- The Major Capital Program (MCP) manages the rehabilitation and new construction projects, including construction and fit-up of all buildings in the precinct for interim and permanent accommodations
- The Recapitalization Program (RECAP) includes necessary repairs and upgrades in buildings that are occupied and operational but have not yet been fully rehabilitated. Projects address immediate health and safety risks to occupants, preserve buildings, reduce ongoing deterioration and make future rehabilitation less complicated and costly
- The Building Components and Connectivity Program (BCC) includes the campus-wide delivery of building fixtures, furnishings and equipment, and modernization of multimedia communication and information technology
- The Planning Program includes strategic master plans, development plans, and enabling studies to guide investment decisions and the prioritization of future projects
- The Security Infrastructure Program includes the delivery of security measures in the precinct
At the core of all this work is a strong PPB team with the skills and expertise to manage multiple and complex projects concurrently. PPB leverages over 15 years of lessons learned through a registry that is maintained for project teams to monitor and apply as appropriate as they deliver projects. Also supporting the successful delivery of the work are employees working in operations, client relationship management, financial management, people management, cabinet affairs, and corporate reporting.
In addition, third parties specializing in areas such as project and construction management, architecture and engineering, costing, scheduling and heritage are engaged as required to ensure that projects have the right people, with the right skills, at the right time.
Key partnerships with the private sector and academic institutions and relationships with international organizations doing similar work allow PPB to integrate industry-leading practices, leverage lessons learned and find innovative ways to approach the unique challenges of rehabilitating heritage buildings. In this way PPB is able to deliver projects in a timely and cost-effective way, and provide Parliament with the facilities and services it needs to operate effectively in the 21st century.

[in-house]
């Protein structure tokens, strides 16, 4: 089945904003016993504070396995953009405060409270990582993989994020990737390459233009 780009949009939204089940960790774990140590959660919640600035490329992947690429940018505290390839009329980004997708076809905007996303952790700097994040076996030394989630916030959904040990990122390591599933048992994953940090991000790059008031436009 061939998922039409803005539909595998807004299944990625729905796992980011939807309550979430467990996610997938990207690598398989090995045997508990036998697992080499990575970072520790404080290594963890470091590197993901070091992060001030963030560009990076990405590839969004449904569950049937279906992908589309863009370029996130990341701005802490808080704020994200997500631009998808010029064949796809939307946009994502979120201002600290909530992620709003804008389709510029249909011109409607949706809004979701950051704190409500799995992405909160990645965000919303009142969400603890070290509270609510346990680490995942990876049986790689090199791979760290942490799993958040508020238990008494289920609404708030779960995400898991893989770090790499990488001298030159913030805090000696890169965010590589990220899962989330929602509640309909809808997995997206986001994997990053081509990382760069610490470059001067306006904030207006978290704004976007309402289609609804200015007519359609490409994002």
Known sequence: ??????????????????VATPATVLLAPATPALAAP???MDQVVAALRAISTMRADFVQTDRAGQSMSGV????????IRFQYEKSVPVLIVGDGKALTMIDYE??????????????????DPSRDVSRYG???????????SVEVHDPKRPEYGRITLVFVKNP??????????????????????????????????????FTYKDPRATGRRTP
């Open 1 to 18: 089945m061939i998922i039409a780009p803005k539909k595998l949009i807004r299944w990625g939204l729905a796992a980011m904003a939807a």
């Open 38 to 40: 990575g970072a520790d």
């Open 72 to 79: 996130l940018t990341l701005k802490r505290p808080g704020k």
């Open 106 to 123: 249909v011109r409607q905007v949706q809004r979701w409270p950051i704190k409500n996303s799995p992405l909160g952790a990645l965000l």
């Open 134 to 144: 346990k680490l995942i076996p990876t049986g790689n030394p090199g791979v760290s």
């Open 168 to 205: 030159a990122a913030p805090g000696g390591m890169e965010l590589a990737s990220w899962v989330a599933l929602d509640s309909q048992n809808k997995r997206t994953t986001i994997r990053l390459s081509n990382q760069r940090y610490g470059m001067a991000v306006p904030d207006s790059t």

In concert with a strong team, good governance provides the framework for effective decision-making. PPB continually looks for ways to improve integration, optimize the use of resources, strengthen the focus on performance and enhance collaboration. With rigorous program performance standards and the careful monitoring of results and expenditures, PPB ensures the public funds dedicated to the implementation of the LTVP are used prudently and deliver the results that Canadians expect.
Long Term Vision and Plan update
The LTVP last underwent a major update in 2006. An update is required to incorporate evolving conditions and requirements, to take advantage of new opportunities, and to ensure the plan reflects current government and parliamentary priorities. From 2016 to 2017, PPB initiated Phase 1 of the LTVP update with the Parliamentary Partners and stakeholders. The result was a set of five strategic directions that will provide a framework to guide the update to the LTVP (see Annex A).
Among these strategic directions is the shift to a campus approach which will better support the safe and efficient operations of Parliament, as well as the Prime Minister’s and Privy Council Office. The campus approach will allow for a comprehensive view of important areas of project delivery, including security, information technology, sustainability, and material handling.
The next phase of work (Phase 2) will be the result of collaborative work between the PPB project team, a consulting team, the parliamentary partners, and stakeholder working groups over the course of the coming months. This collective work will identify functional, flexible, integrated and creative approaches to realize the full potential of the precinct and its important role in the nation’s capital.